Sorry To Bother You And Other Black Animal Analogies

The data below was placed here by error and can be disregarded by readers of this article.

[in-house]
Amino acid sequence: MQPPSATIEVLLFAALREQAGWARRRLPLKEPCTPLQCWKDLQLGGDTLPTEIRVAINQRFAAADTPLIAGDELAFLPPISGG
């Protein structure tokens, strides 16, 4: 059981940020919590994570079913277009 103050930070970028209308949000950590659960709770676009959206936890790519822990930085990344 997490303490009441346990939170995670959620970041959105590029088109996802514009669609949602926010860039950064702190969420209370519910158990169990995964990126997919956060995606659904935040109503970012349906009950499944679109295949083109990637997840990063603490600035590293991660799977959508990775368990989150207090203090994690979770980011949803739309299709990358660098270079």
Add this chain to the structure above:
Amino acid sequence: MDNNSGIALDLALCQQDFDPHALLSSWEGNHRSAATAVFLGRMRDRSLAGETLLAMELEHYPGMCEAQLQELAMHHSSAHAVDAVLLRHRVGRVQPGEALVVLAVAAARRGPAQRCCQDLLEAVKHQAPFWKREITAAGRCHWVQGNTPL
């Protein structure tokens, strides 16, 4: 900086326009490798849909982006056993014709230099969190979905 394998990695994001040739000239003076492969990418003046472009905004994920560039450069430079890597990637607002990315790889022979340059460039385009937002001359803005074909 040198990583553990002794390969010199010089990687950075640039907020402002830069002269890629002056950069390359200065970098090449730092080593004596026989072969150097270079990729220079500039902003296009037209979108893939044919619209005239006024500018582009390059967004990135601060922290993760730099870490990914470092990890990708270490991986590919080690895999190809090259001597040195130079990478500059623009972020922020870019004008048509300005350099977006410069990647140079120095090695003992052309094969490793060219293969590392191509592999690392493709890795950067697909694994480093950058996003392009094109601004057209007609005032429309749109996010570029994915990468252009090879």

first_imgStay on target Sorry to Bother You is such a cool movie. MovieBob already told you that, I’m telling you that, and as more and more people discover this cult classic in the making all of your cool film friends will want to tell you that. And it’s cool for a lot of reasons, from its Oakland music video energy from musician-turned-director Boots Riley, to its willingness to tackle contemporary progressive issues ranging from racial code-switching to labor organization, to its Afro Samurai reference with Lakeith Stanfield’s bloodied bandana.When you spend years making a sincere sci-fi satire that’s “Black Cheech and Chong advocate for communism” you’re going to be left with a bit of a mess but a brilliant and beautifully bizarre, prescient mess chocked full of thought-provoking stuff engaged audiences will be eager to talk about for years after watching. However, one aspect of Sorry To Bother You we’re most excited to talk about right now is also the closest thing the movie has to a major spoiler and plot twist. So first, GO SEE SORRY TO BOTHER YOU! Then come back here and keep reading. Watch These Movies Before ‘Don’t Let Go’‘Cannon Busters’ Is The Black Anime We’ve Been Waiting… center_img Okay so as you now know arguably the biggest idea in Sorry to Bother You, a movie filled to the brim with big ideas, is that Armie Hammer’s labor start-up/rebranded slavery company WorryFree is plotting to turn its lifelong workers into “Equisapiens” or human-horse hybrids. We learn this after hero(?) Cassius Green accidentally stumbles across a nude, coked-out, well-hung man-horse (played by Forest Whitaker) writhing in horrifying pain inside a bathroom stall. Yes, the movie introduces this concept and then keeps going. You have to roll with the fact that this movie has horse people in it. It’s awesome, but what does it mean?To me the horse people are the bluntest metaphor of the labor themes Sorry To Bother You primarily revolves around. WorryFree’s CEO Steve Lift says he’s about helping everyday people rise above their needs for dependency in an unstable capitalist marketplace, but really he’s about crushing them even more by trapping them for life in exploitative work they contractually can’t escape from, work that power caller telemarketers like white-voiced Cassius then sell to the highest bidder. Turning workers into horse people, creatures that are only valuable because of the extra labor they can produce, is literal dehumanization. You figure WorryFree is only doing this because robots aren’t as efficient.And it’s not even like Sorry To Bother You invented this horse=labor analogy. Think of all the work horses do on farms or messing up traffic on New York streets. Think about how casually you use the term “workhorse” to describe someone who puts in a lot of raw effort on something. The most tragic character in George Orwell’s classic political parable Animal Farm is Boxer, a humble horse who tirelessly and dutifully works so hard for the revolution until he is physically unable to. The corrupt pigs sell him for whiskey. Orwell was drawing a direct connection between horses and the common exploited working class of early corrupt Soviet Russia, and Sorry To Bother You is in that same leftist tradition.I also think it’s interesting how the movie’s end gag has Cassius unexpectedly turning into a horse-man and leading an assault on Steve Lift, after the reveal of the Equisapien science actually caused WorryFree’s stock to rise. Steve’s original $100 million offer to Cassius was to turn him into a temporary horse-man equivalent to Martin Luther King, Jr. in order to control their culture and stifle revolutions. So is Cassius just unwittingly feeding into that plan like Neo in The Matrix sequels? It feels like paranoia, but Cassius himself was paranoid he’d transform after snorting from Lift’s gene powder horse plate, and that paranoid was ultimately validated.Like Sorry To Bother You itself, I didn’t go into this essay with too tight of a structure in mind. But thinking about the way the film uses animal analogies also got me looking back on the ways animal analogies are used in other socially conscious movies, particularly ones with Black people.Unfortunately, and obviously, the history of equating Black people and animals in fiction is going to end up pretty racist a lot of the time. Shudder as you think about those crows from Dumbo or why it was so tone-deaf to frame LeBron James like King Kong on that magazine cover. Look at all the work that had to be done in Black Panther rehabilitating “Man-Ape” into M’Baku. God. Let’s not even get into all the stuff with Black guys and bulls in famous cucking Nickelodeon sitcom Bella and the Bulldogs. Even the “magical negro” trope and its association with voodoo magic or whatever plays on this idea that Black people are closer aligned to some primitive animal nature of the earth as compared to “evolved” white human beings.Then you get into more nebulous animal race analogy territory like orcs in Warcraft and predators in Zootopia. Both try to be progressive by painting the minority race as intelligent and worthy of sympathy and dignity in a world that hates and discriminates against them. But in both cases the metaphor breaks down because orcs for the most part really are this bestial villainous race driven by dark magic and predators in nature really do slaughter and eat prey to survive. X-Men has a similar issue in that it totally makes logical sense to fear people who shoot uncontrollable eye lasers. Actual People of Color don’t have these inherently negative/dangerous traits, which is what makes prejudice and racism and white supremacy ultimately so nonsensical, in addition to shameful and violent.That’s why the best recent Black animal analogy prior to Sorry To Bother You (which doesn’t limit its labor observations to race but understands how American capitalism was by stolen Black slave labor specifically) also comes from a brilliant Black filmmaker: Jordan Peele with Get Out. Think of the ways animals are used in that movie to accentuate its Black horror. “Run, Rabbit, Run” plays when Lakeith Stanfield (heh) is first abducted. Chris sees a dead deer on the road and thinks of his dead mother. The Armitages see deer as vermin that need to be exterminated and keep a hunted stag’s head mounted on the wall.The typical analogy of Black people as dangerous predator animals is subverted with this more accurate analogy of Black people are vulnerable oppressed prey for sneaky white predators. It’s that much more powerful then when Chris reclaims the stag horns to symbolically (and literally) kill the white patriarch because you’re rooting for the underdog, or under-deer as it were. Plus the term “buck” can apply to a male deer or strapping male slave. And as a bonus Rose’s villainous final outfit is a horse-riding outfit, signifying her wealthy mastery over horses performing labor for her.But honestly this horseplay is just some of my immediate, surface-level observations after seeing Sorry To Bother You. Expect the discussion surrounding this film to get even deeper and crazier as we have more time to really think about, soak in all it has to say. I could’ve written a whole other essay on Cassius’s and Mr. Blank’s stylish external wounds signifying their inner soul suicide, or how David Cross as a Black man’s white voice is a hilarious meta joke given Tobias Onyango Fünke’s racial ambiguity on Arrested Development. But in the meantime, if you haven’t seen Sorry To Bother You (but you still read this?) GO SEE SORRY TO BOTHER YOU! And if you have seen Sorry To Bother You, GO SEE SORRY TO BOTHER YOU AGAIN!Let us know what you like about Geek by taking our survey.last_img